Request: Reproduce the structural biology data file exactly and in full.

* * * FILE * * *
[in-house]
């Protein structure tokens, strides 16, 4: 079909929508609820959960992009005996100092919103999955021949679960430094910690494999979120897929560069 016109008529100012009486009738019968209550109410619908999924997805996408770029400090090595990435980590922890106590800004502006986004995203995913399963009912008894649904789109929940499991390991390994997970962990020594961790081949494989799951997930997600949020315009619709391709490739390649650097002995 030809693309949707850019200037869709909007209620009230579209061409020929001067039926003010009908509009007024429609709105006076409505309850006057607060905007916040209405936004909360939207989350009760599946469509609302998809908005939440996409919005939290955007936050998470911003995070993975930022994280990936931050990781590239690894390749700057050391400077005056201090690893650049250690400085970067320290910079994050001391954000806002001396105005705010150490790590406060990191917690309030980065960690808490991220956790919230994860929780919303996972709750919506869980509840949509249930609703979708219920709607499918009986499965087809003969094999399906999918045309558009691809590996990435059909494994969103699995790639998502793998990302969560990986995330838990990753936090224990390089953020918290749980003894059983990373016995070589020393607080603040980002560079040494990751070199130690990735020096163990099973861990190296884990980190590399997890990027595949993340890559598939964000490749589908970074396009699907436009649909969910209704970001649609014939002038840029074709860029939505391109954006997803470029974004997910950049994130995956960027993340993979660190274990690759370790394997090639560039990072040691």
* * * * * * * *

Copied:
[in-house]
């Protein structure tokens, strides 16, 4: 079909929508609820959960992009005996100092919103999955021949679960430094910690494999979120897929560069 016109008529100012009486009738019968209550109410619908999924997805996408770029400090090595990435980590922890106590800004502006986004995203995913399963009912008894649904789109929940499991390991390994997970962990020594961790081949494989799951997930997600949020315009619709391709490739390649650097002995 030809693309949707850019200037869709909007209620009230579209061409020929001067039926003010009908509009007024429609709105006076409505309850006057607060905007916040209405936004909360939207989350009760599946469509609302998809908005939440996409919005939290955007936050998470911003995070993975930022994280990936931050990781590239690894390749700057050391400077005056201090690893650049250690400085970067320290910079994050001391954000806002001396105005705010150490790590406060990191917690309030980065960690808490991220956790919230994860929780919303996972709750919506869980509840949509249930609703979708219920709607499918009986499965087809003969094999399906999918045309558009691809590996990435059909494994969103699995790639998502793998990302969560990986995330838990990753936090224990390089953020918290749980003894059983990373016995070589020393607080603040980002560079040494990751070199130690990735020096163990099973861990190296884990980190590399997890990027595949993340890559598939964000490749589908970074396009699907436009649909969910209704970001649609014939002038840029074709860029939505391109954006997803470029974004997910950049994130995956960027993340993979660190274990690759370790394997090639560039990072040691």